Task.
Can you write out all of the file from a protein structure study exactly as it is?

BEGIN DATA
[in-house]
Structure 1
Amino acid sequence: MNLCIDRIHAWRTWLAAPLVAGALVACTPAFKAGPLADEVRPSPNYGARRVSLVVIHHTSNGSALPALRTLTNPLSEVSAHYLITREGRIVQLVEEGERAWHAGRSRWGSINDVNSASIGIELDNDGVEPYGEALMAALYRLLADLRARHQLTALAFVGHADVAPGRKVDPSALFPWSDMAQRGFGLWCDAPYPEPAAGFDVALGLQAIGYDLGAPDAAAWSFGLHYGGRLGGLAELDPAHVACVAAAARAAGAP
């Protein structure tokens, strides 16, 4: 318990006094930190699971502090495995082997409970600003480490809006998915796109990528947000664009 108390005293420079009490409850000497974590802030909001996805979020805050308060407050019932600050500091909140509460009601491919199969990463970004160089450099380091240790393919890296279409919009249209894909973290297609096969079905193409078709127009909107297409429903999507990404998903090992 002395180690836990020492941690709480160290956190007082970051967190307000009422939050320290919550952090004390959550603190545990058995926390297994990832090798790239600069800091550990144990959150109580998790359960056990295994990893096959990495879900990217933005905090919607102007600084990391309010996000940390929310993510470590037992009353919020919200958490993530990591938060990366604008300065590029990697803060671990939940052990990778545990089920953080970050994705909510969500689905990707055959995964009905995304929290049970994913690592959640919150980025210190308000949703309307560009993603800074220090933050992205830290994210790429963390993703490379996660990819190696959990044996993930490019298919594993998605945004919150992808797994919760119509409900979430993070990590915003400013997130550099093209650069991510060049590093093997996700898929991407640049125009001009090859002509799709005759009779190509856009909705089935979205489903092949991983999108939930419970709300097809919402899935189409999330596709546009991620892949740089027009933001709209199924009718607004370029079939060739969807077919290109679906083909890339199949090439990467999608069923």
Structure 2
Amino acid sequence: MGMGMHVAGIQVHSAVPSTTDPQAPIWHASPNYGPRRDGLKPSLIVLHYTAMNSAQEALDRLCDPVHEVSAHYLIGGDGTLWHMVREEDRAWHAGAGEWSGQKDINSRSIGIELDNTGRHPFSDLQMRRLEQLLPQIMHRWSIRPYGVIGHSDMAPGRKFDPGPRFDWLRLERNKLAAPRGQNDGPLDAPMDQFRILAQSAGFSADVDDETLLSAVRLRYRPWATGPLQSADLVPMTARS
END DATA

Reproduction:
[in-house]
Structure 1
Amino acid sequence: MNLCIDRIHAWRTWLAAPLVAGALVACTPAFKAGPLADEVRPSPNYGARRVSLVVIHHTSNGSALPALRTLTNPLSEVSAHYLITREGRIVQLVEEGERAWHAGRSRWGSINDVNSASIGIELDNDGVEPYGEALMAALYRLLADLRARHQLTALAFVGHADVAPGRKVDPSALFPWSDMAQRGFGLWCDAPYPEPAAGFDVALGLQAIGYDLGAPDAAAWSFGLHYGGRLGGLAELDPAHVACVAAAARAAGAP
């Protein structure tokens, strides 16, 4: 318990006094930190699971502090495995082997409970600003480490809006998915796109990528947000664009 108390005293420079009490409850000497974590802030909001996805979020805050308060407050019932600050500091909140509460009601491919199969990463970004160089450099380091240790393919890296279409919009249209894909973290297609096969079905193409078709127009909107297409429903999507990404998903090992 002395180690836990020492941690709480160290956190007082970051967190307000009422939050320290919550952090004390959550603190545990058995926390297994990832090798790239600069800091550990144990959150109580998790359960056990295994990893096959990495879900990217933005905090919607102007600084990391309010996000940390929310993510470590037992009353919020919200958490993530990591938060990366604008300065590029990697803060671990939940052990990778545990089920953080970050994705909510969500689905990707055959995964009905995304929290049970994913690592959640919150980025210190308000949703309307560009993603800074220090933050992205830290994210790429963390993703490379996660990819190696959990044996993930490019298919594993998605945004919150992808797994919760119509409900979430993070990590915003400013997130550099093209650069991510060049590093093997996700898929991407640049125009001009090859002509799709005759009779190509856009909705089935979205489903092949991983999108939930419970709300097809919402899935189409999330596709546009991620892949740089027009933001709209199924009718607004370029079939060739969807077919290109679906083909890339199949090439990467999608069923």
Structure 2
Amino acid sequence: MGMGMHVAGIQVHSAVPSTTDPQAPIWHASPNYGPRRDGLKPSLIVLHYTAMNSAQEALDRLCDPVHEVSAHYLIGGDGTLWHMVREEDRAWHAGAGEWSGQKDINSRSIGIELDNTGRHPFSDLQMRRLEQLLPQIMHRWSIRPYGVIGHSDMAPGRKFDPGPRFDWLRLERNKLAAPRGQNDGPLDAPMDQFRILAQSAGFSADVDDETLLSAVRLRYRPWATGPLQSADLVPMTARS